In the recent Forest forum meeting we shared Complicit in Corruption - a recent report written by non-profit Earthsight, highlighting the widespread corruption in Ukraine's forests, and revealing how illegality permeates the timber supply chain in Ukraine from harvest to export.
Earthsight spent two years running field and undercover investigations in Ukraine. Approximately 70% of Ukraine's timber exports enter the EU and Earthsight's investigations indicate that 40% of this timber is being illegally harvest or traded. The report also claims that a significant volume of illegally harvested timber has received the FSC stamp - the former chief of one of the largest timber producing state-forest enterprises admitted to Earthsight he had found it easy to circumvent FSC checks.
A new study finds that illegal logging, coupled with weak state-run timber licensing systems, has led to massive timber harvesting fraud in Brazil, resulting in huge illicit harvests of Ipê trees. Ipê wood is largely shipped to the U.S. and Europe with the high value (up to $2,500 per cubic meter at export). Buyers all along the timber supply chain turn a blind eye toward fraud, with sawmills, exporters, and importers trusting the paperwork they receive, rather than questioning whether the lower prices they pay for Ipê and other timber may be due to timber laundering. This process is doing major damage to the Amazon. To reduce document fraud, the Brazilian federal government required that all states register or integrate their timber licensing systems within a national timber inventory and tracking system known as Sinaflor. While this should reduce fraudulent paperwork, better oversight of forest management plans and more onsite inspections of timber operations are needed also.
Earlier this year Vietnam initialled a timber trade agreement with the EU that will see Vietnam implement legislation to address imports of illegally harvested and traded timber in return for timber exports to the EU. According to a recent EIA investigation, Vietnam continues its role as a serial offender in the illegal timber trade, with large volumes of illegal timber still flowing across the Cambodian border unhindered. EIA have identified three main areas within Cambodia where substantial illegal logging operations continue. EIA tracked timber from these sites is being smuggled out of Cambodia and into Vietnam across informal crossings.
Long known as a hotspot for rapid and largely illegal deforestation, Cambodia was singled out in a May 2017 EIA report. The report was the result of months of undercover investigations which found that from November 2016, more than 300,000 cubic metres (nearly 10.6 million cubic feet) of timber have been illegally felled in a wildlife sanctuary and two protected areas in Cambodia. Most of the timber was sold to Vietnam and generated $13 million in payments from Vietnamese timber traders. Environmental experts believe that a much-publicized crackdown on illegal logging launched in Cambodia in early 2016 had very little effect.
EU and Vietnam complete negotiations on a deal to combat illegal logging and promote trade in legal timber
The EU and Vietnam conclude negotiations on a Voluntary Partnership Agreement (VPA) on Forest Law Enforcement, Governance and Trade (FLEGT). The agreement will help improve forest governance, address illegal logging and promote trade in verified legal timber products from Vietnam to the EU, and other markets.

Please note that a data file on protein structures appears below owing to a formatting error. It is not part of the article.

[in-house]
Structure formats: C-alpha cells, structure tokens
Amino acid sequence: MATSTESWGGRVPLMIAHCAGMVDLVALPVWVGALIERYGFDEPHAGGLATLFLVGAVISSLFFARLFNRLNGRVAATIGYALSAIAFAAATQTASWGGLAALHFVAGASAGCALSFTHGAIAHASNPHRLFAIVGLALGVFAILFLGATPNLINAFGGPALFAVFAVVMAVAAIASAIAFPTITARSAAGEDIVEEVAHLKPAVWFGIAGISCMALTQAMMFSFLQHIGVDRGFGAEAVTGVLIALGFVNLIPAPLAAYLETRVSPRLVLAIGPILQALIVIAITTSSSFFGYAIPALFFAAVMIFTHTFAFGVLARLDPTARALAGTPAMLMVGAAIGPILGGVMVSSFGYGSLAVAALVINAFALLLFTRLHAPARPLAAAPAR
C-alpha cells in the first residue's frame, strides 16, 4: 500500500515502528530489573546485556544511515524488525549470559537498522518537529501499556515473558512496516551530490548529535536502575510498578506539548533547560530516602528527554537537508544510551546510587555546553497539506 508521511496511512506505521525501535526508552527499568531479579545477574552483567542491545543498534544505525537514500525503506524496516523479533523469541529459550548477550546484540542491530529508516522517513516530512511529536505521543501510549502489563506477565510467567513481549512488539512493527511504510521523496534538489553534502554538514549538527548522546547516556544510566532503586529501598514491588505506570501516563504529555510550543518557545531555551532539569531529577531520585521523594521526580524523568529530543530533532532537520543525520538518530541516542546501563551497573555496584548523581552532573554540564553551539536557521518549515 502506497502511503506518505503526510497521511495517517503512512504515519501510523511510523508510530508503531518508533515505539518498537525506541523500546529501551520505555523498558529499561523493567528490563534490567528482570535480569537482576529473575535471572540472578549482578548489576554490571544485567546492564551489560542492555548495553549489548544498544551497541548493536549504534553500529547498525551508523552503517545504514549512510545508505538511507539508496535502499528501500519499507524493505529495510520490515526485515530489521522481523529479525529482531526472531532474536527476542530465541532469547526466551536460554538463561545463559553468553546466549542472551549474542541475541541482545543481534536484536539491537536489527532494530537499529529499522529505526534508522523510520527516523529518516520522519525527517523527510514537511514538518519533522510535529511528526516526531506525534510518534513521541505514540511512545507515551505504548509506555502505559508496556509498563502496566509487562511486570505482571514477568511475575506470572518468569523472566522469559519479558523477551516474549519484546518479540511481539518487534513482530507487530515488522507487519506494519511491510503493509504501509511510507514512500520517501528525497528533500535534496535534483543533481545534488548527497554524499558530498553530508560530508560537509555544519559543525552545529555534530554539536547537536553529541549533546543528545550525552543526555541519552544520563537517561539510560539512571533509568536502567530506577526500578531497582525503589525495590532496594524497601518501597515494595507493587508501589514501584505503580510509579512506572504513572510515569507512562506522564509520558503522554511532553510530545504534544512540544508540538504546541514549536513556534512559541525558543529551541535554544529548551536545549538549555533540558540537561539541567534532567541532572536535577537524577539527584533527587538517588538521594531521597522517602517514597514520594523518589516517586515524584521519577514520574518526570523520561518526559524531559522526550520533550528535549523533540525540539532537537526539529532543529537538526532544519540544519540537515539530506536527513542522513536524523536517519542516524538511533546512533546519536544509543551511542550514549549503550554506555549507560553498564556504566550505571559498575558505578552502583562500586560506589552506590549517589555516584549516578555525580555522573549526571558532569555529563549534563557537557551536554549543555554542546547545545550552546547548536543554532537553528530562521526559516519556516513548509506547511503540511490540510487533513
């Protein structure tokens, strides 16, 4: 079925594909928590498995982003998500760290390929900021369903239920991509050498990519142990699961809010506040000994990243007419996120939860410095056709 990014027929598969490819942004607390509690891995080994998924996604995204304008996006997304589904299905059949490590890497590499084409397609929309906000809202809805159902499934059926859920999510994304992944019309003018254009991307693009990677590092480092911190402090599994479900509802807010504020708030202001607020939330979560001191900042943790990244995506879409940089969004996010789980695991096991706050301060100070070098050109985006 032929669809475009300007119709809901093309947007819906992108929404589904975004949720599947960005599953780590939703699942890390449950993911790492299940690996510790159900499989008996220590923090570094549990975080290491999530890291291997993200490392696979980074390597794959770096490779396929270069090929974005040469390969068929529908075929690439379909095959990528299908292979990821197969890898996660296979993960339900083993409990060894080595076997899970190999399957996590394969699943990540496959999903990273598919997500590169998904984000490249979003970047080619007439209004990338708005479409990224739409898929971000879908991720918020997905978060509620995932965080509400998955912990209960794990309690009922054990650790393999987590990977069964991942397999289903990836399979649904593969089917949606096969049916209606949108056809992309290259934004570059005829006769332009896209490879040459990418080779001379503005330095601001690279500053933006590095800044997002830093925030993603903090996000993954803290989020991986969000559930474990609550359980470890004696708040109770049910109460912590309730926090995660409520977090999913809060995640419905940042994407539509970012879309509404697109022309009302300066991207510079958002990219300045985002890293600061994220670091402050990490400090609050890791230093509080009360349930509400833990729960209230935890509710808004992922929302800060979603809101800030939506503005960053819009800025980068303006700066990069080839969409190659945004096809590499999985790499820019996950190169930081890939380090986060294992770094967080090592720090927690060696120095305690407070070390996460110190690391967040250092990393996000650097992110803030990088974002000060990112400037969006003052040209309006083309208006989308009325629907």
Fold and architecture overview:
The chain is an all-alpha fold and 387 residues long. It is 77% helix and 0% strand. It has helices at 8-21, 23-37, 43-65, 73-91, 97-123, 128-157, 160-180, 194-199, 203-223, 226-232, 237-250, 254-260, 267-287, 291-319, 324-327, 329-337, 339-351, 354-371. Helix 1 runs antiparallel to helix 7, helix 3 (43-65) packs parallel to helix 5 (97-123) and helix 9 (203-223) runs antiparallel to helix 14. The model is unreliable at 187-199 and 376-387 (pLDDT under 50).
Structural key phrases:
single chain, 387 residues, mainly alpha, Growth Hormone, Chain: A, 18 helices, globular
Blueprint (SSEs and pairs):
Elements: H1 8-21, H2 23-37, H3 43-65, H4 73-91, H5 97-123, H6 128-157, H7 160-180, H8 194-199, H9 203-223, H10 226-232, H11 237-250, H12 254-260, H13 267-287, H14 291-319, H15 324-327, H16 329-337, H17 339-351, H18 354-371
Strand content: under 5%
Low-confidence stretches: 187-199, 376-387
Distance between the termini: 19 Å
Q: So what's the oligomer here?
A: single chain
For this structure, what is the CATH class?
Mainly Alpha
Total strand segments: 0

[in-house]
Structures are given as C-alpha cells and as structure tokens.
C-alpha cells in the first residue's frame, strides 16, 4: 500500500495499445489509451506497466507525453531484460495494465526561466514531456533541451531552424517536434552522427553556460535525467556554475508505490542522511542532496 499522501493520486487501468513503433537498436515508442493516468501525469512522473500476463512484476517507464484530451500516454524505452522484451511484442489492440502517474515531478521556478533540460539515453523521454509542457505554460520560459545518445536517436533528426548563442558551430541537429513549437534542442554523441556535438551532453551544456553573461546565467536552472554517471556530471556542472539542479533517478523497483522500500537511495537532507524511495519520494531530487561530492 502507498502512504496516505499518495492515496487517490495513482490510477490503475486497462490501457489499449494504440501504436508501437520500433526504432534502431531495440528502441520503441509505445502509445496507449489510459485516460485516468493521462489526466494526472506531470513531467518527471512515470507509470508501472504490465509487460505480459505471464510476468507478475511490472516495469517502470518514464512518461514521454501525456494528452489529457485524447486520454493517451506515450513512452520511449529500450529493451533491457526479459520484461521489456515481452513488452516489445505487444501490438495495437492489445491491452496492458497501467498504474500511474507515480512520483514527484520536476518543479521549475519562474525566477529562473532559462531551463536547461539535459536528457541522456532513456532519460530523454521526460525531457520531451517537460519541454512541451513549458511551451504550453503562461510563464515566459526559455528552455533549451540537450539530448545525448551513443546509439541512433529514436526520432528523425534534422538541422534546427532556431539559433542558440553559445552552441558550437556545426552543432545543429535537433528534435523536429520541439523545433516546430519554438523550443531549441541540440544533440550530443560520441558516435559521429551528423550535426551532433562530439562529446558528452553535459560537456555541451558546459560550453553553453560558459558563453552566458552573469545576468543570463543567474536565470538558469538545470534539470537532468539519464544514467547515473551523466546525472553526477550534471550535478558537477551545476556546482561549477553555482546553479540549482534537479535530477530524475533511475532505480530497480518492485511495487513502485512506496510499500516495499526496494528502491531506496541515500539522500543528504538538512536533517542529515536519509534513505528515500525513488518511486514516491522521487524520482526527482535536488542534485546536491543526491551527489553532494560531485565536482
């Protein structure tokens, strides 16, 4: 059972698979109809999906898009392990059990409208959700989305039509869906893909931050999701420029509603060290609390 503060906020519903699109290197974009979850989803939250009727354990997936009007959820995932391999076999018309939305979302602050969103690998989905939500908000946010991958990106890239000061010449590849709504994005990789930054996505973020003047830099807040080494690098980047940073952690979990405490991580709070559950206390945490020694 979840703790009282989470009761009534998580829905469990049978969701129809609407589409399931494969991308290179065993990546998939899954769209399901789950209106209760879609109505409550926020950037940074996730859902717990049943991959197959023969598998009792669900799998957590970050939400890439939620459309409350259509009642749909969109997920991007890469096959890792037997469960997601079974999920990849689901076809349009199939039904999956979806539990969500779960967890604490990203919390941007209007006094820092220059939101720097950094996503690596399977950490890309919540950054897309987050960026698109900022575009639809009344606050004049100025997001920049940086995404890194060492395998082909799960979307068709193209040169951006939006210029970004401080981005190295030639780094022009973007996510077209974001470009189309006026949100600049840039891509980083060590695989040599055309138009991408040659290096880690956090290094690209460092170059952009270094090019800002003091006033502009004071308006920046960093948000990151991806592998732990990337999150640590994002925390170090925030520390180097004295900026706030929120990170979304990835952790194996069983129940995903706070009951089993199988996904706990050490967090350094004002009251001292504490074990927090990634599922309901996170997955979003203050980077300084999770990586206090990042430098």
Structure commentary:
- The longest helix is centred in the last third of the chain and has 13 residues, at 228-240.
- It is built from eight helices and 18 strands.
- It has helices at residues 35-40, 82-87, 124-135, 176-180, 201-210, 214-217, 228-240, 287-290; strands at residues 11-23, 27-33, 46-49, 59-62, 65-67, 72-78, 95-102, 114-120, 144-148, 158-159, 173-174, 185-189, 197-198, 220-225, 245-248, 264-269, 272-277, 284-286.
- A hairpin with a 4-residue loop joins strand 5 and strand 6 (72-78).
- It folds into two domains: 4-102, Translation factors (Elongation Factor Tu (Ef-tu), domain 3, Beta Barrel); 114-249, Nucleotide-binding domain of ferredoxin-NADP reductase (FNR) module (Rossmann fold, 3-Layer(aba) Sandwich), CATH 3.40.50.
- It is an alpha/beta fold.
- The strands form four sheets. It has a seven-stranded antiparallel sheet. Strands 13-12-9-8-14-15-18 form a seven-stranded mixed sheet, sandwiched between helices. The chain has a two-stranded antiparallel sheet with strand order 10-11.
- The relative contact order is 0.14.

The yearlong ban on logging across all of Myanmar since April 2016 was lifted at the end of March 2017, and now the Myanmar government says it is on its way to bringing verifiably legal timber to the international market. Although a number of illegal activities were prevented by the government, illegal logging continued during the ban due to insufficiently collaboration. International buyers and local NGOs are concerned that Myanmar is not doing enough to keep its forests safe.
The Department of Agriculture and Water Resource of Australia has decided that certified businesses are required to maintain an equivalent due diligence system under PEFC Chain of Custody standard, and also AFS (Australia’s PEFC-endorsed national forest certification system), which means that PEFC-certified companies in Australia are now recognized as automatically meeting the due diligence requirements in the illegal logging regulation of Australia, and no separate due diligence system prepared for the illegal logging regulation specifically is not required.
Fern have produced a report outlining China’s efforts in combatting the trade of illegally sourced timber. The report covers the forest policies and timber trade trends in China as well as the engagement from national and international bodies. Strategies for China-EU efforts in tackling illegal logging and forest governance failure and other drivers of deforestation are also shared. One recommendation includes a robust enforcement of the EUTR in imports from China.
More than 30 environmental groups have signed a statement against the renewal of regional forest agreements (RFAs) for the logging of Australian native forests. A report shared last week by the National Park Association of NSW showed that the logging has resulted in an increase of threatened species. It also noted that the agreements designed in 1990 didn’t acknowledge how the loss of forests would contribute to climate change. The environmental groups stand firm and will not accept any extensions, rollovers or renewals.
According to satellite data analysed by researchers at Michigan State University, tree cover increased significantly on about 1.6% of China’s territory between 2000 and 2010, while tree cover dropped on only 0.38% of China’s land. The researchers attributed the forest gain to China’s Natural Forest Conservation Program, which has banned logging in many of the country’s forests and set up systems to prosecute illegal logging. The NFCP also compensates businesses and households for monitoring forest health and conserving trees rather than cutting them down.